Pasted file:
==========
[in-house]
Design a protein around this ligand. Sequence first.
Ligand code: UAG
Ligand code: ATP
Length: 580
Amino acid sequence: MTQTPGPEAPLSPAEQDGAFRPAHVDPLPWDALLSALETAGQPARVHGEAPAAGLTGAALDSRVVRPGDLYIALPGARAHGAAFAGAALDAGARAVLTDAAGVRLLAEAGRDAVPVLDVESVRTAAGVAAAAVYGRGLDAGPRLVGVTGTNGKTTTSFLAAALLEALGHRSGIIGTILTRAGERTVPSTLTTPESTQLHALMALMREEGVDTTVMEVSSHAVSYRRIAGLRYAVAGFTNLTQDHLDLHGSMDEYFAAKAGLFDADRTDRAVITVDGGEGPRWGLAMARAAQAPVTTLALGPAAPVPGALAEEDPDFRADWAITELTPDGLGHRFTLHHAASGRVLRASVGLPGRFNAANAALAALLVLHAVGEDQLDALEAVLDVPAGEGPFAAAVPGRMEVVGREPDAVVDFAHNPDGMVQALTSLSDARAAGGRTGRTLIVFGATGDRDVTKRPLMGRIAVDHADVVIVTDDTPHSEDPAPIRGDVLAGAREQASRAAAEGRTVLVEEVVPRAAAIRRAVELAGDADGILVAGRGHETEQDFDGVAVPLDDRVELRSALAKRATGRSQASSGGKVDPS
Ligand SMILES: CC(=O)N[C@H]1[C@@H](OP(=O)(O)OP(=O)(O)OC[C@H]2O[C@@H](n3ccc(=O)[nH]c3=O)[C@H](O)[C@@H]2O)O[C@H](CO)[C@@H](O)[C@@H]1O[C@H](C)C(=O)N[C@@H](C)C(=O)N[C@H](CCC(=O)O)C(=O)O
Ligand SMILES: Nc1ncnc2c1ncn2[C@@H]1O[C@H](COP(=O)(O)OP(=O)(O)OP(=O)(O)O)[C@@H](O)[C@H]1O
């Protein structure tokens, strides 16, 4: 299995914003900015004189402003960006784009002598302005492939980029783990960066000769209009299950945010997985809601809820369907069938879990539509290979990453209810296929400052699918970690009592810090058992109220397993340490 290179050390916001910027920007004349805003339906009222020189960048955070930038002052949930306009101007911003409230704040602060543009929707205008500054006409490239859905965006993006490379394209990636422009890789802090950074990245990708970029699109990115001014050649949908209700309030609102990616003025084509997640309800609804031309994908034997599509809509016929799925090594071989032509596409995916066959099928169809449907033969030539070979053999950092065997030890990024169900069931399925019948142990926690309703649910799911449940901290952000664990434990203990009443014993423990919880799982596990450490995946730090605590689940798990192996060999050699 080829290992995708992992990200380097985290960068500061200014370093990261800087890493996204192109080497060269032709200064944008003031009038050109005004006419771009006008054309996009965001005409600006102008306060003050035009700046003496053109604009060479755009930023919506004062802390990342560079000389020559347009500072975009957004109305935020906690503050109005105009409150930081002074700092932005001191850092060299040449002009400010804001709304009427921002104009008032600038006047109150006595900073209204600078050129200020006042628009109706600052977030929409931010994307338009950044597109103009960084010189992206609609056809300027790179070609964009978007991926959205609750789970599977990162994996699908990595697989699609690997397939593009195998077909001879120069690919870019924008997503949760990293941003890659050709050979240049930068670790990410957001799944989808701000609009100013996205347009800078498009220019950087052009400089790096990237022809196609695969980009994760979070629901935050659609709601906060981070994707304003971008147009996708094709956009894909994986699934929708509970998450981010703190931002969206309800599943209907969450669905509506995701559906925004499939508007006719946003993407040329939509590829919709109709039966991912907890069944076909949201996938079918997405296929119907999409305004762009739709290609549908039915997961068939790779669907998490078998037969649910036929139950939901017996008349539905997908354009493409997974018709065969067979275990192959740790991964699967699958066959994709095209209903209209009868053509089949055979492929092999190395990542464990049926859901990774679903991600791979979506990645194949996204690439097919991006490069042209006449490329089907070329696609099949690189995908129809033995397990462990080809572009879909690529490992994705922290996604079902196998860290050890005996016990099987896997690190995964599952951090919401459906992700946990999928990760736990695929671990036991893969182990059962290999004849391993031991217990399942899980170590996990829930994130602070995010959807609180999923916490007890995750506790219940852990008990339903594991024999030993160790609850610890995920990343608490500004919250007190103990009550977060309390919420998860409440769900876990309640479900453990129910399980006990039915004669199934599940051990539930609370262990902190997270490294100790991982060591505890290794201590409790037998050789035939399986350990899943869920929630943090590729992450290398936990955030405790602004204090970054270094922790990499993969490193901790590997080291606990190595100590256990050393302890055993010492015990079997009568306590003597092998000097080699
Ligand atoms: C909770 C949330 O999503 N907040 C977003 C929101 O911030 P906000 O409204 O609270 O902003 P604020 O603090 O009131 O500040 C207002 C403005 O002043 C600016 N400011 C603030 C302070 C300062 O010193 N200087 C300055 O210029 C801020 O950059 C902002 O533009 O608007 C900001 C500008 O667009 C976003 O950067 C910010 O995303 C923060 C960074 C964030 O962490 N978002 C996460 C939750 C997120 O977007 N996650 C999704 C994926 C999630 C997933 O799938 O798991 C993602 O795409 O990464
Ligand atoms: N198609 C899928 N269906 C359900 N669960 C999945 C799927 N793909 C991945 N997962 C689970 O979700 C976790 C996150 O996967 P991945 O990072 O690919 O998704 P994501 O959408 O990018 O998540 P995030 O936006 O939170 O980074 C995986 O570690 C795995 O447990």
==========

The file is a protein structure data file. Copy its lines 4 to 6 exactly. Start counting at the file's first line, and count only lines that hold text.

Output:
Ligand code: ATP
Length: 580
Amino acid sequence: MTQTPGPEAPLSPAEQDGAFRPAHVDPLPWDALLSALETAGQPARVHGEAPAAGLTGAALDSRVVRPGDLYIALPGARAHGAAFAGAALDAGARAVLTDAAGVRLLAEAGRDAVPVLDVESVRTAAGVAAAAVYGRGLDAGPRLVGVTGTNGKTTTSFLAAALLEALGHRSGIIGTILTRAGERTVPSTLTTPESTQLHALMALMREEGVDTTVMEVSSHAVSYRRIAGLRYAVAGFTNLTQDHLDLHGSMDEYFAAKAGLFDADRTDRAVITVDGGEGPRWGLAMARAAQAPVTTLALGPAAPVPGALAEEDPDFRADWAITELTPDGLGHRFTLHHAASGRVLRASVGLPGRFNAANAALAALLVLHAVGEDQLDALEAVLDVPAGEGPFAAAVPGRMEVVGREPDAVVDFAHNPDGMVQALTSLSDARAAGGRTGRTLIVFGATGDRDVTKRPLMGRIAVDHADVVIVTDDTPHSEDPAPIRGDVLAGAREQASRAAAEGRTVLVEEVVPRAAAIRRAVELAGDADGILVAGRGHETEQDFDGVAVPLDDRVELRSALAKRATGRSQASSGGKVDPS